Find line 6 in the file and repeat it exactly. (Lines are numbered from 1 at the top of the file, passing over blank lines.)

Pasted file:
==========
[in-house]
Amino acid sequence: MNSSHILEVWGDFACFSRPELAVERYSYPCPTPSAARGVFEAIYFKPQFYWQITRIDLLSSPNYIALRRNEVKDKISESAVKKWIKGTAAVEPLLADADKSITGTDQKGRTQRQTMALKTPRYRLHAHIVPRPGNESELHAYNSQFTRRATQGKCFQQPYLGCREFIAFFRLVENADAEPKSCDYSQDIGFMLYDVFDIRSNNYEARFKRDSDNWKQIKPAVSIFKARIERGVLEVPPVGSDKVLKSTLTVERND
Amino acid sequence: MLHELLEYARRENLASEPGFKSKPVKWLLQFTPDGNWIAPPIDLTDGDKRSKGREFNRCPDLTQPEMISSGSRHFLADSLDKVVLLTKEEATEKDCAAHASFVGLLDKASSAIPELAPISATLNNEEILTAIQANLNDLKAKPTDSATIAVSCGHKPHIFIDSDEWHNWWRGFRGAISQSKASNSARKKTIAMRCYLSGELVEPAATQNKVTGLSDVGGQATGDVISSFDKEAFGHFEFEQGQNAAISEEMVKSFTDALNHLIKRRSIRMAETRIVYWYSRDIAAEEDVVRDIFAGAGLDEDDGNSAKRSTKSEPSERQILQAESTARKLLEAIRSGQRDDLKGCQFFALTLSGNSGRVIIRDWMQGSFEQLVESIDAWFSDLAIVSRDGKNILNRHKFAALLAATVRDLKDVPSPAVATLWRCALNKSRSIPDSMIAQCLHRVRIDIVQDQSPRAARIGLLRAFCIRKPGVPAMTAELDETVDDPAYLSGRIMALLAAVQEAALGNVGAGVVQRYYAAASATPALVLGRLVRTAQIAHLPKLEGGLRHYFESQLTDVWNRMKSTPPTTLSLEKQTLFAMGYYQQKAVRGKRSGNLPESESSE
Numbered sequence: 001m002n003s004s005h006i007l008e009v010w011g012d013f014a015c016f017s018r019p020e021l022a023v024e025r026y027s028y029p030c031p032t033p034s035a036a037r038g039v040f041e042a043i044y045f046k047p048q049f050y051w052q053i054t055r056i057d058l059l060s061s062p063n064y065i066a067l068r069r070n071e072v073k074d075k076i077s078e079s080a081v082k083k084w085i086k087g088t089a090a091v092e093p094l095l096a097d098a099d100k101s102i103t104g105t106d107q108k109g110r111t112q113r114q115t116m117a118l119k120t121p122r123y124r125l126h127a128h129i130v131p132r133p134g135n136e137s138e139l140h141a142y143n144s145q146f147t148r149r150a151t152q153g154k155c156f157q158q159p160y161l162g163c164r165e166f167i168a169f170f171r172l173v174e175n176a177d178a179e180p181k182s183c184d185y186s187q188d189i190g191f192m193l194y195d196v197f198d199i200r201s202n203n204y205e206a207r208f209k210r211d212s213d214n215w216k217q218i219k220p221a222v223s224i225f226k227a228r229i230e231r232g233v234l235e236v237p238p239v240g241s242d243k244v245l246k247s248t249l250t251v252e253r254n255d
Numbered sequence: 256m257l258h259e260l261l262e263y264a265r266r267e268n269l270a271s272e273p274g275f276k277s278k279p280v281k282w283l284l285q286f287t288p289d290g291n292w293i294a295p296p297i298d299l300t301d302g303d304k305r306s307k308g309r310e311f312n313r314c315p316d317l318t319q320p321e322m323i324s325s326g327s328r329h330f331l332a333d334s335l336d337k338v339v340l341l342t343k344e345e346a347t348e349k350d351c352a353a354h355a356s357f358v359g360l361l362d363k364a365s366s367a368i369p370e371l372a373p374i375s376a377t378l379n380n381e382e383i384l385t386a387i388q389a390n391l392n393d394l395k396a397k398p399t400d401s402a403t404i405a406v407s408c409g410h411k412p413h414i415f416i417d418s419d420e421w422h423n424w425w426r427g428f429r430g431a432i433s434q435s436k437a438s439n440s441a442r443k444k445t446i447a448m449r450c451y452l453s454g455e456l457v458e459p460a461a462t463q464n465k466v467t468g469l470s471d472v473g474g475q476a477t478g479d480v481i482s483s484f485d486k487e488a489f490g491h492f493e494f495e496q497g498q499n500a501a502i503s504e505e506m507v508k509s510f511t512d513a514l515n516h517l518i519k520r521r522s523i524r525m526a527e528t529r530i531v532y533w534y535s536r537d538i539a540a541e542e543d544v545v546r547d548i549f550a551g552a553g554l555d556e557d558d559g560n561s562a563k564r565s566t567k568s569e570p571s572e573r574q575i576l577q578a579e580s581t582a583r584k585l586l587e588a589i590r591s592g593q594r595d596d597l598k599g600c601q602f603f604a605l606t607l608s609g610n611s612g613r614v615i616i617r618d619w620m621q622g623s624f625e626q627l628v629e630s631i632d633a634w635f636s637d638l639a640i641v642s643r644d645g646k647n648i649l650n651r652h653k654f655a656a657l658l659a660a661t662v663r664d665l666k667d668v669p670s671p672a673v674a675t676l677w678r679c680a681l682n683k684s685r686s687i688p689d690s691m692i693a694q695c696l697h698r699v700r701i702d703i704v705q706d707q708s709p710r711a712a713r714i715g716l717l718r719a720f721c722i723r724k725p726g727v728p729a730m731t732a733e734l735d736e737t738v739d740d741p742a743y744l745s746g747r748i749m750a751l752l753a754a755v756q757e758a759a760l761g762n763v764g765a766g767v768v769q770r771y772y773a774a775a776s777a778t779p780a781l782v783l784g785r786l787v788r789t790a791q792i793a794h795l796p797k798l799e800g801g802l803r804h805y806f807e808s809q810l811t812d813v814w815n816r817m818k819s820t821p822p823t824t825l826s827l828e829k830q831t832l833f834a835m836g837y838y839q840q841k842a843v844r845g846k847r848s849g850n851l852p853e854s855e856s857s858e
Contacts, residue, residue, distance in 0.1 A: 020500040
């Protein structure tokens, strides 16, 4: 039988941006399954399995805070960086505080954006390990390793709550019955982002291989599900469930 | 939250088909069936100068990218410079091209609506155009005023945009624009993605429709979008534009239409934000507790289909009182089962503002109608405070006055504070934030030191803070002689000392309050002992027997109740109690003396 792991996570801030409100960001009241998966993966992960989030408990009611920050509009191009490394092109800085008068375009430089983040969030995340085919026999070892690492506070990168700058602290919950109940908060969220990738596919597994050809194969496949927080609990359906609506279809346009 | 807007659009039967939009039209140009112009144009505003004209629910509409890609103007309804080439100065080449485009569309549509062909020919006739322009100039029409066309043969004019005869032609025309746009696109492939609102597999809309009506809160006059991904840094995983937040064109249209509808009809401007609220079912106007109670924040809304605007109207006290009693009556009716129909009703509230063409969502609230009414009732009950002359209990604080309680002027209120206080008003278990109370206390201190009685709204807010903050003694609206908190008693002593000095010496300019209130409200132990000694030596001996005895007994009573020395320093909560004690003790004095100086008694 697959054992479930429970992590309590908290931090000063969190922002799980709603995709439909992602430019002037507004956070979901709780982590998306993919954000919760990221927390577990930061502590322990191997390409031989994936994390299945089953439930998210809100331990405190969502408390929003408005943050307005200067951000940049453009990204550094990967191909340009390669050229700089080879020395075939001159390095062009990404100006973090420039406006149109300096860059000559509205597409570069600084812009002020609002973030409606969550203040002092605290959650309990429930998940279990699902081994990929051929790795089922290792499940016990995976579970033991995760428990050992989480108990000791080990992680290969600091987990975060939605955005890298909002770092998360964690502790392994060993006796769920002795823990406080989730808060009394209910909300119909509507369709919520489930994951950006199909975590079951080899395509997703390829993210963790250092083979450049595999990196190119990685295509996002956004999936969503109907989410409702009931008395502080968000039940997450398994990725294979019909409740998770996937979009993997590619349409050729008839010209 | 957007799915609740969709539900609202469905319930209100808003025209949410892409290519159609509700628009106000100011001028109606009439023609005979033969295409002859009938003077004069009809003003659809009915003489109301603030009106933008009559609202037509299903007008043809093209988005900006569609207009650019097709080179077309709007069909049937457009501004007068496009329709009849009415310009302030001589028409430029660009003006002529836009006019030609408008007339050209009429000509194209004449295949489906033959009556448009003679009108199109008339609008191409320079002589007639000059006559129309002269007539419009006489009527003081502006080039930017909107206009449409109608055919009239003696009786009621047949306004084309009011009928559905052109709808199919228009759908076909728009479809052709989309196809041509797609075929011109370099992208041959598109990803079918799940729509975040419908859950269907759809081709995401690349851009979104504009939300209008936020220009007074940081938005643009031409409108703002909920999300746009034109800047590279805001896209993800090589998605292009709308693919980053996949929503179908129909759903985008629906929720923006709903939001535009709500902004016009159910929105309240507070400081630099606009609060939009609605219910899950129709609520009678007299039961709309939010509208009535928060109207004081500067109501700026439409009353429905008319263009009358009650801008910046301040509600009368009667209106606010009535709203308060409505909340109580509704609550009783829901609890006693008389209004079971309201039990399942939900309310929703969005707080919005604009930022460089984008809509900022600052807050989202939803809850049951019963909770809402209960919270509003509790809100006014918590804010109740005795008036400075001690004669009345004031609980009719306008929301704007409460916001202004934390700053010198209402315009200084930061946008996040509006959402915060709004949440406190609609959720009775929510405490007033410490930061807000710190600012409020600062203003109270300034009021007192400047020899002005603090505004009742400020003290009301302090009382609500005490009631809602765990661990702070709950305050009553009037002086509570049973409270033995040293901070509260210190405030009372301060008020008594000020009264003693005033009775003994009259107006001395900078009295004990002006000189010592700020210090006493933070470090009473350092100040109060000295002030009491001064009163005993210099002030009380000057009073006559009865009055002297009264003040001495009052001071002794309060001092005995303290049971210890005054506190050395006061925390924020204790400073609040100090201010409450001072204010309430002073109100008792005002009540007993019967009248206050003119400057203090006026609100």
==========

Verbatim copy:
Contacts, residue, residue, distance in 0.1 A: 020500040